Existing Climate Policy Could Cause Further Energy Price Rises

As we enter the New Year many ask what happened last year and what is likely to happen this year. Not surprisingly, the climate is a point of focus as is whether Australian governments’ policies to reduce carbon emissions are working. Also not surprising is that there are fundamental differences in opinion about the merits of those policies, not the least being Trump’s withdrawal from the Paris agreement and his recent failure to mention in a major security statement.

Iran’s President Speaks Out Publicly

There has been a significant development in the political situation in Iran. According to a Reuters report dated 9 Jan, “President Hassan Rouhani said on Monday young Iranian protesters were unhappy about far more than just the economy and they would no longer defer to the views and lifestyle of an aging revolutionary elite”. He is also quoted by Tasnim news agency as saying “It would be a misrepresentation (of events) and also an insult to Iranian people to say they only had economic demands”... “People had economic, political and social demands.”... “We cannot pick a lifestyle and tell two generations after us to live like that. It is impossible... The views of the young generation about life and the world is different than ours,” he said. Note also that it is reported that Rouhani said on Monday that “people should be allowed to criticize all Iranian officials, with no exception”.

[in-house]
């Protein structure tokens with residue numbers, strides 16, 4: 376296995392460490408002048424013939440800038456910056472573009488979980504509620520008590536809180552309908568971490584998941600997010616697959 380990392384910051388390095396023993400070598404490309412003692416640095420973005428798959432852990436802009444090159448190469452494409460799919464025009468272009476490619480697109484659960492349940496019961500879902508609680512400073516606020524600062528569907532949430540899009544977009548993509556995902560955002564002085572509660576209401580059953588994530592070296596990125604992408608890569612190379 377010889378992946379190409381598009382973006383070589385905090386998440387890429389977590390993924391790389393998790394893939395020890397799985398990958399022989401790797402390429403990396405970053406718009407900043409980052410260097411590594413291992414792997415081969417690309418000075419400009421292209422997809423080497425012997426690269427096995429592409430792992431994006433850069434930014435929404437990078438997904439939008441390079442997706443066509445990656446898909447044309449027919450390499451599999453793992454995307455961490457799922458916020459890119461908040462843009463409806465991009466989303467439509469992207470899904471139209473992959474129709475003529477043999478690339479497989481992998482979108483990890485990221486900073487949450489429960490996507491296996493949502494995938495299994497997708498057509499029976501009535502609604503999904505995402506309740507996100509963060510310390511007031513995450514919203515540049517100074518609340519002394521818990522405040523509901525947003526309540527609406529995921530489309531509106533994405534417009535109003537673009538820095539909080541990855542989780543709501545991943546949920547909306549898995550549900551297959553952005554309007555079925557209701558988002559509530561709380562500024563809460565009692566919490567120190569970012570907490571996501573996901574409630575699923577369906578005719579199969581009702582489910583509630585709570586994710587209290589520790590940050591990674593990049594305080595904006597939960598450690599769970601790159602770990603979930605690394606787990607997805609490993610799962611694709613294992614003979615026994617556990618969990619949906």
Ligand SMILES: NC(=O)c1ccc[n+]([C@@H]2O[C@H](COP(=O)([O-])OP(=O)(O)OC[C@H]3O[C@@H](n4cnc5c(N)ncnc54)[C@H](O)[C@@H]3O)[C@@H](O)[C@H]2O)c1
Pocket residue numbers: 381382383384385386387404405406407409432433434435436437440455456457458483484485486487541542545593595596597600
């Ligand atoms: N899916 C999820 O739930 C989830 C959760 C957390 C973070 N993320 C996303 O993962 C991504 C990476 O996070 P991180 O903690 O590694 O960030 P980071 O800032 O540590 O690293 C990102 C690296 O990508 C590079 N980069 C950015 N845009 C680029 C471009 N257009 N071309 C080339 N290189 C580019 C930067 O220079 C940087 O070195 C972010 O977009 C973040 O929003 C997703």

Where is Australia on Iran?

Despite reports of thousands of arrests and over 20 deaths, the anti-government protests in Iran appear to be continuing, albeit on a much smaller scale. A member of the US think-tank, Brookings Institution, Suzanne Maloney, is a senior fellow on Middle East policy and describes them as reflecting “Anger over these [financial] losses came on top of years of pent-up frustration over a sluggish economy. When the government announced recent price increases and released an austere budget bill, it ignited at-times violent protests that spread rapidly to dozens of cities nationwide. Demonstrators quickly turned their fury on corrupt officials and the Islamic republic as a whole”… "What's different is that it seems to have tapped into a deep sense of alienation and frustration, that people aren't just demonstrating for better working conditions or pay, but insisting on wholesale rejection of the system itself " (see article from the Washington Post dated 7 January, “Iran Expert says…”).